Equal Access Act

The Equal Access Act is a United States federal law passed in 1984 to combat discrimination against student religious groups in public high schools.

If a school receives federal aid and has a "limited open forum," or at least one student-led non curriculum club that meets outside of class time, it must allow additional such clubs to be organized, and must give them equal access to meeting spaces and school publications. Exceptions can be made for groups that "materially and substantially interfere with the orderly conduct of educational activities within the school," and a school can technically "opt out" of the act by prohibiting all non curriculum clubs.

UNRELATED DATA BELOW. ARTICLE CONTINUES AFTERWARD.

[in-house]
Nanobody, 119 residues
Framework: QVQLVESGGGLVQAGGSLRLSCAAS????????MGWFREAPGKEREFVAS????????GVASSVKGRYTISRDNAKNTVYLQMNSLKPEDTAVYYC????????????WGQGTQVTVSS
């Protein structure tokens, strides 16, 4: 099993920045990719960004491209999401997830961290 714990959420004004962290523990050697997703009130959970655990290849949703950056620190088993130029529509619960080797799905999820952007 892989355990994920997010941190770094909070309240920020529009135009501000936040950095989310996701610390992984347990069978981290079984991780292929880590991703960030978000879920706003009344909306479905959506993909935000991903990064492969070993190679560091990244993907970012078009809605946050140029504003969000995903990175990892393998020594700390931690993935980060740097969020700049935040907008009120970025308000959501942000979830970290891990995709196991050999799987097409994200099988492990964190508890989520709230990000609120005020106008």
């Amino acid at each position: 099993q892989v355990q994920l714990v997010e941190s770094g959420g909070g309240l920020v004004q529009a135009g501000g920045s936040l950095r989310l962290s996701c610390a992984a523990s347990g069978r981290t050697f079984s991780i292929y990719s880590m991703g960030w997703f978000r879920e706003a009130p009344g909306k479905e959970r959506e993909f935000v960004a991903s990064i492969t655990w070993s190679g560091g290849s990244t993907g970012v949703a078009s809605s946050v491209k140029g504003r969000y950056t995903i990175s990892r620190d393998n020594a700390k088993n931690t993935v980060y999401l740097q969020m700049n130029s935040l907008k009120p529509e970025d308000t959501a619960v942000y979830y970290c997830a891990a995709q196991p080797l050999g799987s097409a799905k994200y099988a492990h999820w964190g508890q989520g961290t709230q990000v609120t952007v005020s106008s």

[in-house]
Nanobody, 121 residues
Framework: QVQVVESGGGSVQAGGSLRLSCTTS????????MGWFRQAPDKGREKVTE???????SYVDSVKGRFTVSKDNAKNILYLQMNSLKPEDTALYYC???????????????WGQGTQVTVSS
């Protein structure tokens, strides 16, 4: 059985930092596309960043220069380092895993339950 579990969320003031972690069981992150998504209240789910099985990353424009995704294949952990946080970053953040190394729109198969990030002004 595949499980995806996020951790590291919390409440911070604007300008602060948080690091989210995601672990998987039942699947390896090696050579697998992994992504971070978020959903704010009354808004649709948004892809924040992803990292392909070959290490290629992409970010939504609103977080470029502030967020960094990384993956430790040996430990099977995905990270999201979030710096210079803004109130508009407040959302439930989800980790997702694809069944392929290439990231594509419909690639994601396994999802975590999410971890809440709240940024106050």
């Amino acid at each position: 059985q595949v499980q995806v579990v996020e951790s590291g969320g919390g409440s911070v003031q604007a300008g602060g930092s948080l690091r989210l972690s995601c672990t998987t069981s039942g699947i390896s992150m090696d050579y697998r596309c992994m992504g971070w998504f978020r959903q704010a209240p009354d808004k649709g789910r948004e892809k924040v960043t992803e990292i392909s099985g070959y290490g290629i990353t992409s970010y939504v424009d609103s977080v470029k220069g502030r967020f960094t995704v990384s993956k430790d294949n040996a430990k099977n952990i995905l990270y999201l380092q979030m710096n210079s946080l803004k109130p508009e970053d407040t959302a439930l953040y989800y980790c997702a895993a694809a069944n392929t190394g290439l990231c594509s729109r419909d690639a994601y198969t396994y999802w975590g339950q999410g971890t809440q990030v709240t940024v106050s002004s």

It was ruled constitutional by the Supreme Court in 1990 in the case Board of Education of Westside Community Schools v. Mergens, and the school was ordered to allow a student Christian group to meet.

More recently, the Equal Access Act has been used to fight opposition to Gay-Straight Alliances in high schools across the nation. Administration in high schools who have opposed the formation of Gay-Straight Alliances, and formally denied their organizers privileges and the right to assemble, found themselves being sued and caught in legal disputes. The State Supreme Courts have always ruled in favor of the Gay-Straight Alliance, stating that the particular school must either allow the Gay-Straight Alliance, or ban all non-curriculum groups from assembling on school property. If a Supreme Court were not to rule in favor of a Gay-Straight Alliance, they would give complete disregard to the Equal Access Act, which could result in the loss of multitudes of different after school clubs, groups, and/or organizations.